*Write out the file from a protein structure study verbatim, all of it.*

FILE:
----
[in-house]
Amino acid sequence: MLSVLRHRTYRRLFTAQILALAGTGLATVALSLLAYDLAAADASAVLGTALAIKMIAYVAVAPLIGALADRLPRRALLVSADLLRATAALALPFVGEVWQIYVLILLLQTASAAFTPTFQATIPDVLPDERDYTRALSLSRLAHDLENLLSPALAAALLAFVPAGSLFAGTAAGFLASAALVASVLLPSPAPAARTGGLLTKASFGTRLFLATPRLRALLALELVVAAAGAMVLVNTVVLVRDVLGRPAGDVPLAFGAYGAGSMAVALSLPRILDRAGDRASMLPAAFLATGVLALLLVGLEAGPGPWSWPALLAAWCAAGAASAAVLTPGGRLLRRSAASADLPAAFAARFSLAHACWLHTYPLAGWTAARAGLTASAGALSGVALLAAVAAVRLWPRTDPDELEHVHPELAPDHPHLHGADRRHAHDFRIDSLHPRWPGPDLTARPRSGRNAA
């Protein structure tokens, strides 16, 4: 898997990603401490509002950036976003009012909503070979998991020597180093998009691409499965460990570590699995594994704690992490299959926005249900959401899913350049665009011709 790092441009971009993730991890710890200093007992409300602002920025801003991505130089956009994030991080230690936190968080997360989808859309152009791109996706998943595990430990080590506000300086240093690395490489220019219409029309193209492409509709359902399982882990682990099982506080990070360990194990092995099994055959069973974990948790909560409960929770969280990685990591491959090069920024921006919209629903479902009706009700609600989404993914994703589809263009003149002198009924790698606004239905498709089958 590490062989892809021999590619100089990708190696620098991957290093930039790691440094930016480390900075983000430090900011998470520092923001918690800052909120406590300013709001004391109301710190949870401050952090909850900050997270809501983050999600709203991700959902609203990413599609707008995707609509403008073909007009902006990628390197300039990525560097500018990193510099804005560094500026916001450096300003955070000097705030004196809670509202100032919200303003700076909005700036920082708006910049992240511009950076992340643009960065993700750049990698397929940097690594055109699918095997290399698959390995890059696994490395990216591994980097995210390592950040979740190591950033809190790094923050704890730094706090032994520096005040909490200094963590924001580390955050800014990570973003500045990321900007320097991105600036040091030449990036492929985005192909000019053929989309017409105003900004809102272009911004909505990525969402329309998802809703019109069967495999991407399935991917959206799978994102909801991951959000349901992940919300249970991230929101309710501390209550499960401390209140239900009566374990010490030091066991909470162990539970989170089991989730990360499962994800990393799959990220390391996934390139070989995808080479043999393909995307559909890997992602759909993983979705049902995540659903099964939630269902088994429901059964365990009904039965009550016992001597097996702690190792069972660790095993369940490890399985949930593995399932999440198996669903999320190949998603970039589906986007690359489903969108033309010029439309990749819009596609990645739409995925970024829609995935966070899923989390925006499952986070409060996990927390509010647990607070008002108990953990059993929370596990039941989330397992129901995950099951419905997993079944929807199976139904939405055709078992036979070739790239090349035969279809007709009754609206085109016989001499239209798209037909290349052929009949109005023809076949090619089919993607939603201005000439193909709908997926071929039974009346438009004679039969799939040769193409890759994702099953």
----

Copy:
[in-house]
Amino acid sequence: MLSVLRHRTYRRLFTAQILALAGTGLATVALSLLAYDLAAADASAVLGTALAIKMIAYVAVAPLIGALADRLPRRALLVSADLLRATAALALPFVGEVWQIYVLILLLQTASAAFTPTFQATIPDVLPDERDYTRALSLSRLAHDLENLLSPALAAALLAFVPAGSLFAGTAAGFLASAALVASVLLPSPAPAARTGGLLTKASFGTRLFLATPRLRALLALELVVAAAGAMVLVNTVVLVRDVLGRPAGDVPLAFGAYGAGSMAVALSLPRILDRAGDRASMLPAAFLATGVLALLLVGLEAGPGPWSWPALLAAWCAAGAASAAVLTPGGRLLRRSAASADLPAAFAARFSLAHACWLHTYPLAGWTAARAGLTASAGALSGVALLAAVAAVRLWPRTDPDELEHVHPELAPDHPHLHGADRRHAHDFRIDSLHPRWPGPDLTARPRSGRNAA
């Protein structure tokens, strides 16, 4: 898997990603401490509002950036976003009012909503070979998991020597180093998009691409499965460990570590699995594994704690992490299959926005249900959401899913350049665009011709 790092441009971009993730991890710890200093007992409300602002920025801003991505130089956009994030991080230690936190968080997360989808859309152009791109996706998943595990430990080590506000300086240093690395490489220019219409029309193209492409509709359902399982882990682990099982506080990070360990194990092995099994055959069973974990948790909560409960929770969280990685990591491959090069920024921006919209629903479902009706009700609600989404993914994703589809263009003149002198009924790698606004239905498709089958 590490062989892809021999590619100089990708190696620098991957290093930039790691440094930016480390900075983000430090900011998470520092923001918690800052909120406590300013709001004391109301710190949870401050952090909850900050997270809501983050999600709203991700959902609203990413599609707008995707609509403008073909007009902006990628390197300039990525560097500018990193510099804005560094500026916001450096300003955070000097705030004196809670509202100032919200303003700076909005700036920082708006910049992240511009950076992340643009960065993700750049990698397929940097690594055109699918095997290399698959390995890059696994490395990216591994980097995210390592950040979740190591950033809190790094923050704890730094706090032994520096005040909490200094963590924001580390955050800014990570973003500045990321900007320097991105600036040091030449990036492929985005192909000019053929989309017409105003900004809102272009911004909505990525969402329309998802809703019109069967495999991407399935991917959206799978994102909801991951959000349901992940919300249970991230929101309710501390209550499960401390209140239900009566374990010490030091066991909470162990539970989170089991989730990360499962994800990393799959990220390391996934390139070989995808080479043999393909995307559909890997992602759909993983979705049902995540659903099964939630269902088994429901059964365990009904039965009550016992001597097996702690190792069972660790095993369940490890399985949930593995399932999440198996669903999320190949998603970039589906986007690359489903969108033309010029439309990749819009596609990645739409995925970024829609995935966070899923989390925006499952986070409060996990927390509010647990607070008002108990953990059993929370596990039941989330397992129901995950099951419905997993079944929807199976139904939405055709078992036979070739790239090349035969279809007709009754609206085109016989001499239209798209037909290349052929009949109005023809076949090619089919993607939603201005000439193909709908997926071929039974009346438009004679039969799939040769193409890759994702099953």